Fairview Hospital changes concern mental health advocates

Fairview Hospital changes concern mental health advocates

NAMI Minnesota is deeply concerned with the changes being proposed by Fairview Health Services. The loss of 18 inpatient psychiatric beds at Fairview Southdale Hospital is not offset by opening an intensive mental health ER. While mental health ERs can triage and stabilize some people, there are far too many people already languishing in Emergency Departments who need inpatient psychiatric care – and this number continues to grow. If people are in need of hospital level of care, they need to be able to access it. 

Fairview Hospital Southdale
Fairview Hospital Southdale

It is clear that the 100 inpatient psychiatric beds at St. Joseph’s Hospital will be closed in about one year. The loss of these beds will be devastating to the metro area and will greatly decrease access to inpatient psychiatric care across the state. Fairview has stated that they are looking for partners to build a new free-standing psychiatric hospital. It’s important to note that the federal Medicaid law includes an “Institution for Mental Disease (IMD)” clause that prevents Medicaid funding being used in any facility with more than 16 beds where over half of the patients are being treated for a mental illness or substance use disorder. Without Medicaid funding, the hospital cannot be built. 

“NAMI Minnesota is not placated by promises to build a new free standing psychiatric hospital – knowing that federal Medicaid law would prevent payments to care provided in a psychiatric only hospital and that there is little possibility of changing the law in the near future due to the enormous fiscal note,” said Sue Abderholden, NAMI Minnesota’s executive director. “Additionally, at a time when advocates, providers and health care systems are pushing for integrated care – between health and mental health – why would we support a psychiatric only hospital?” 

Many psychiatrists report that the percentage of people in an inpatient psychiatric unit with serious medical comorbidities who require ongoing specialty medical consultation and management is steadily increasing. 

While Fairview has stated that it’s the largest mental health provider in the Midwest, this is not a reason to decrease access to mental health treatment at a time when the pandemic has increased the need for mental health care. It doesn’t matter how big a provider you are, closing beds decreases access. NAMI Minnesota urges community members to speak up against these closures.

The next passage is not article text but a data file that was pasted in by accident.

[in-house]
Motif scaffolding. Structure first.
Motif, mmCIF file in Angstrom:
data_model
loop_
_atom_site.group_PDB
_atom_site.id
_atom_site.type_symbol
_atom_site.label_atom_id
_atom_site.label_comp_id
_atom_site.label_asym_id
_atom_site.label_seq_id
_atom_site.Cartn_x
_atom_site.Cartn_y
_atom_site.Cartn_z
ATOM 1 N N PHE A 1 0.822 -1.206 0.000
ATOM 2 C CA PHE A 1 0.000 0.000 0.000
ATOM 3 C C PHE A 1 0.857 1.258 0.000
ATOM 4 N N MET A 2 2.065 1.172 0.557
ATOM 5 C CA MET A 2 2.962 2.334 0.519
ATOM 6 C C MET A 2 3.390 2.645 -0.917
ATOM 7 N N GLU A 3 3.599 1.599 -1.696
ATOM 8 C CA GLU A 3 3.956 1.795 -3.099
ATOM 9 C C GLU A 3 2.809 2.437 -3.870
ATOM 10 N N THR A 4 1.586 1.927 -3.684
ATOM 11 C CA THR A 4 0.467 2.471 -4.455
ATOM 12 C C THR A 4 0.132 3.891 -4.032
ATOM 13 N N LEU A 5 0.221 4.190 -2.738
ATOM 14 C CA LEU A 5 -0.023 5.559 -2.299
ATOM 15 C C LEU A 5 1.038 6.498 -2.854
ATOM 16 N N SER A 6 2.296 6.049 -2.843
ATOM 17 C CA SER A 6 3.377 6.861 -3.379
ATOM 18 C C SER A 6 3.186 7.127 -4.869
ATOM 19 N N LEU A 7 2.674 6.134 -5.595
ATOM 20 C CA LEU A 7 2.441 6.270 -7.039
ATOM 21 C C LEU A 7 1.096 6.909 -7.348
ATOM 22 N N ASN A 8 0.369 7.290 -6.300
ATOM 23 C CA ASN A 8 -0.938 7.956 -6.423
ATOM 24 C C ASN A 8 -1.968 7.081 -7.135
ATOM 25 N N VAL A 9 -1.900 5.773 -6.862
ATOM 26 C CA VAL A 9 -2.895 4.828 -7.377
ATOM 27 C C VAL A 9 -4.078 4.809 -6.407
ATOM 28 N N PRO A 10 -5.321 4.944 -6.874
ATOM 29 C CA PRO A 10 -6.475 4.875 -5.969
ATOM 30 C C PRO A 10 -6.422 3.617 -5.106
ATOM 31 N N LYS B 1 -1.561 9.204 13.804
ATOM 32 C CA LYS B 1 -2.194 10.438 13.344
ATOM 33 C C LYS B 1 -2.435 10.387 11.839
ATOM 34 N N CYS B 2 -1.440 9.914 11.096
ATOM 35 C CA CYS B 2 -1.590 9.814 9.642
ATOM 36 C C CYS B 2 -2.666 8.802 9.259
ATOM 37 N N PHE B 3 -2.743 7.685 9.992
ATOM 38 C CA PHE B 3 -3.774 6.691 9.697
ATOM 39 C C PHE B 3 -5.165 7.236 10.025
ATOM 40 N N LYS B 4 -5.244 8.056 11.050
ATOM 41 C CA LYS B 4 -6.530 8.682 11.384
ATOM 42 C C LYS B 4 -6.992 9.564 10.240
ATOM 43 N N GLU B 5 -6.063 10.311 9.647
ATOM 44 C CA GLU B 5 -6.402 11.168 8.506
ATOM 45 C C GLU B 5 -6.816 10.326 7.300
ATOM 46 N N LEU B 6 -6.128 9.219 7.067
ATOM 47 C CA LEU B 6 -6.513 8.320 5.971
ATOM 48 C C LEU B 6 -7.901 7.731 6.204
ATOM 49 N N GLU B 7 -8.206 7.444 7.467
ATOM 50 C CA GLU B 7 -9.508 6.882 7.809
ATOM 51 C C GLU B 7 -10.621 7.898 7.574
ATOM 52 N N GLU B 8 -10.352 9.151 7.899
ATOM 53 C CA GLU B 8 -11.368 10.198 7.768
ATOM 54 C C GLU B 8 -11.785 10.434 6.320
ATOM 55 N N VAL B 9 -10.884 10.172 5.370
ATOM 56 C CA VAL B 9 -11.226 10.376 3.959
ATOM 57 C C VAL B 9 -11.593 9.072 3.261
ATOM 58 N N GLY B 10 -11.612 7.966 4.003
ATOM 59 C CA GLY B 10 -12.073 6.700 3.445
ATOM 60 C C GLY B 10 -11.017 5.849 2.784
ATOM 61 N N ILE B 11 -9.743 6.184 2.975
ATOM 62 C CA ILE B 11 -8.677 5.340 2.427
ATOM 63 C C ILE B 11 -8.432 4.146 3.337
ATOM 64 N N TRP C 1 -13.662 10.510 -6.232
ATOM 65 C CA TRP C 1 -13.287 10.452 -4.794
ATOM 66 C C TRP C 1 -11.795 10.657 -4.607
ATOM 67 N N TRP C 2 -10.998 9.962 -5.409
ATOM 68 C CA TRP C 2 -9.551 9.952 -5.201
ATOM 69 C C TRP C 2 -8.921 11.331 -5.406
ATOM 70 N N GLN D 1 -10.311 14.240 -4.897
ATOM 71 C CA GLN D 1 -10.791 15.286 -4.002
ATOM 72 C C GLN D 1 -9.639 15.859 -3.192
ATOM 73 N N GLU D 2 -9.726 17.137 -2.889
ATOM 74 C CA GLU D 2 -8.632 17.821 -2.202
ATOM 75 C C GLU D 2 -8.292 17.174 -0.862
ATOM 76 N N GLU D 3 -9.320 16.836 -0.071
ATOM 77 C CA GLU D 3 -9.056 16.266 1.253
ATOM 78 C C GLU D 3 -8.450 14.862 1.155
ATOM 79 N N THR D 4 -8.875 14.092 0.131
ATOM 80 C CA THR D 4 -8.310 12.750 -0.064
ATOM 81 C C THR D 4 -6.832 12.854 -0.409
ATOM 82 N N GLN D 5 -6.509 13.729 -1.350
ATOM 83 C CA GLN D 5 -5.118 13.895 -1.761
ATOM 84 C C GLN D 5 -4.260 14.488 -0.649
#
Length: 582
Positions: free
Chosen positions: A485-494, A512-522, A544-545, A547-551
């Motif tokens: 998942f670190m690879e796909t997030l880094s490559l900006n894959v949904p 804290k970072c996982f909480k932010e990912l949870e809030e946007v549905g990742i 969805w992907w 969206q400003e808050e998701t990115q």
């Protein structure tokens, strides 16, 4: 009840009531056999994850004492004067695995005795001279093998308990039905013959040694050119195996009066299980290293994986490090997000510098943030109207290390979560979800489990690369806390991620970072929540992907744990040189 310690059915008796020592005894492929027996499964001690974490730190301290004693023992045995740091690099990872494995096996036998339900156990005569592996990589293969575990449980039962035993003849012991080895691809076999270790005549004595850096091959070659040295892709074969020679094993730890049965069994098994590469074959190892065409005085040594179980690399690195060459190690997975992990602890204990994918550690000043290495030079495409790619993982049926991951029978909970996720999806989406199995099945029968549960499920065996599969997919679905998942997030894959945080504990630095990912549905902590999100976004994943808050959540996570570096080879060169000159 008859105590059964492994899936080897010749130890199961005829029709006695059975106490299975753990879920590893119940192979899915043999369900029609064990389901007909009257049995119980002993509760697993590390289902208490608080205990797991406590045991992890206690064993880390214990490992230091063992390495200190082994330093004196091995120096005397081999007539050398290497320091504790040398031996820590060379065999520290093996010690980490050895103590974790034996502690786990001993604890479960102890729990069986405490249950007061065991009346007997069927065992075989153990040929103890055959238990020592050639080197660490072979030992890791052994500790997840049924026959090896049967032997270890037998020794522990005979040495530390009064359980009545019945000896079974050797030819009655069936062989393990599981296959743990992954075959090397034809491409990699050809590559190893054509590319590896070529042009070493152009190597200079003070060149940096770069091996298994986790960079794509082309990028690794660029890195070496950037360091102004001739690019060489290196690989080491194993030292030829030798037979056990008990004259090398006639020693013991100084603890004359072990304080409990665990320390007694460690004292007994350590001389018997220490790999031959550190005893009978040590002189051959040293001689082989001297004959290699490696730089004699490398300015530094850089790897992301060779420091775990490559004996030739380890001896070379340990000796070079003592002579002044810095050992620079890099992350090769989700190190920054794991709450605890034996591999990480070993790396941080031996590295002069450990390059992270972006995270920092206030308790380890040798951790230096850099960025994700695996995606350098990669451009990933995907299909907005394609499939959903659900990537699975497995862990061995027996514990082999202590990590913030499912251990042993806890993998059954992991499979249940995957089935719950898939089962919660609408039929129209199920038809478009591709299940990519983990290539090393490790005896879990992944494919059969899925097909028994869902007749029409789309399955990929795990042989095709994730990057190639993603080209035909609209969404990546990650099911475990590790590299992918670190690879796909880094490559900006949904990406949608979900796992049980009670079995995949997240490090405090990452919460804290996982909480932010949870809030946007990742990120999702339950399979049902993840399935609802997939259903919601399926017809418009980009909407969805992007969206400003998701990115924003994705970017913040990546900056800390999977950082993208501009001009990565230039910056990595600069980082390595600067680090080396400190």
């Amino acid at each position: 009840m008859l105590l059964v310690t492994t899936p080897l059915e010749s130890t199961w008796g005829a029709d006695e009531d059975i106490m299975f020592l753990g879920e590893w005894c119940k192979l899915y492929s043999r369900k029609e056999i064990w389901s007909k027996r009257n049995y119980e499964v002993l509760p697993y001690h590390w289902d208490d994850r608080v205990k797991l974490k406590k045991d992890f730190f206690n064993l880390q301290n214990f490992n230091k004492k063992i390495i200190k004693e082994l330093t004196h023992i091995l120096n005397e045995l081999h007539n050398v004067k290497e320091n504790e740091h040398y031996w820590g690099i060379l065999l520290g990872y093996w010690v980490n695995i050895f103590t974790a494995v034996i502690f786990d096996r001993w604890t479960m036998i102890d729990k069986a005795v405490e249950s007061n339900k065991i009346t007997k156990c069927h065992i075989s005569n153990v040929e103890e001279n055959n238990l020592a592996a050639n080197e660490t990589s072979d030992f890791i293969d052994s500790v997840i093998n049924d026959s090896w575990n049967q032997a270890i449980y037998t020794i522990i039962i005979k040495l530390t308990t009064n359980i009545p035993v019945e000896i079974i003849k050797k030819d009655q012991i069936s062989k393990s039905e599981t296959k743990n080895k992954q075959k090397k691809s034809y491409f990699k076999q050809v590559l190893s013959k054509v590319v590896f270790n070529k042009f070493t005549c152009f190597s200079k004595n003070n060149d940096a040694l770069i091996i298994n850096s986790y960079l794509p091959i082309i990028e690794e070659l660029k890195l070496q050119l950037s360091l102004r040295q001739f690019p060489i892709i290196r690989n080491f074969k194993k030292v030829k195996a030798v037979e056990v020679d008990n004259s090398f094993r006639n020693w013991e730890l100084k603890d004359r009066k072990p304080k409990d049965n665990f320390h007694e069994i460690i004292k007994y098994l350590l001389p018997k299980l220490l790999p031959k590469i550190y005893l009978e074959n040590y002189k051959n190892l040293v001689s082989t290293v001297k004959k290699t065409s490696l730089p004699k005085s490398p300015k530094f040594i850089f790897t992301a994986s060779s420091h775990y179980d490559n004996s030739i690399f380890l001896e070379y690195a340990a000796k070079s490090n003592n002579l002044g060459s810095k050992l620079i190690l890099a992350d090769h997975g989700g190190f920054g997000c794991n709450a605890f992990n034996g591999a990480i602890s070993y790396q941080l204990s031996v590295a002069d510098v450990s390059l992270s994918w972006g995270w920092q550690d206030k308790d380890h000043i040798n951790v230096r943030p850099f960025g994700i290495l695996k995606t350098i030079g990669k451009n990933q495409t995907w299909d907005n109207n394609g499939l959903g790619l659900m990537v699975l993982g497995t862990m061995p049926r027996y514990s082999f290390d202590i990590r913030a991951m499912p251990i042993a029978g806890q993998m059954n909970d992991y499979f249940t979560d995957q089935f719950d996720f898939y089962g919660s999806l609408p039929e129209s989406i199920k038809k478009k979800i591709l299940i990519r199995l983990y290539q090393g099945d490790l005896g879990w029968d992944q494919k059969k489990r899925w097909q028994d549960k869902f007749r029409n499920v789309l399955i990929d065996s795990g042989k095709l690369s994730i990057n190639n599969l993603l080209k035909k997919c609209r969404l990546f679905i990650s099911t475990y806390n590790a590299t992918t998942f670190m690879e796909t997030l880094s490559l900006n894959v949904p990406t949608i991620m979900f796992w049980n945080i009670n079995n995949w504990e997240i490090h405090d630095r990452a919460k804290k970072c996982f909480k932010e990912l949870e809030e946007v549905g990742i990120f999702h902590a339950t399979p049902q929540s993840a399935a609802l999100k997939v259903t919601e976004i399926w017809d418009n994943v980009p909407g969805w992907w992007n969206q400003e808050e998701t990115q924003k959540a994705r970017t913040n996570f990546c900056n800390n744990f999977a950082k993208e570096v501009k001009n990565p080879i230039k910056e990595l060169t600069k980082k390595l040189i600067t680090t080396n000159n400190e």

Editor’s note: Fairview Health, now M Health Fairview, has announced a dramatic downsizing of hospital and clinic operations on to stem financial losses, to prepare for a $250 million operating loss. This includes the shutdown of the 90- bed Bethesda Hospital in St. Paul that had been previously converted to treat COVID-19 patients. Bethesda will become a Ramsey County homeless shelter. 

St. Joseph’s Hospital will become Fairview’s new flagship for COVID-19 care. It will no longer be a general hospital, as its emergency room will close by year’s end. Specialties such as neurology and bariatrics will be relocated. Inpatient mental health care will continue at the downtown St. Paul hospital at least through 2021. 

Sixteen clinics in Minnesota and western Wisconsin will close, and 900 jobs will be eliminated. 

The announcement formalizes plans for the closures of Bethesda and St. Joseph’s that were raised in November 2019. 

The fate of St. Joseph’s remains less clear, but it could be converted into permanent housing, outpatient clinics and potentially a psychiatric hospital that will maintain inpatient capacity. St. Joseph’s is Minnesota’s first hospital, which was converted from a school by the Sisters of St. Joseph of Carondelet in 1853 to address a cholera epidemic. 

Primary care clinics are closing in Columbia Heights, Farmington, Hugo, Lino Lakes, Milaca, Pine City, Roseville, Savage and Zimmerman in Minnesota, as well as select sites in Minneapolis, St. Paul and Bloomington. Clinics also will close in Ellsworth and Spring Valley in Wisconsin. Eleven of the 16 had temporarily closed due to the pandemic. 


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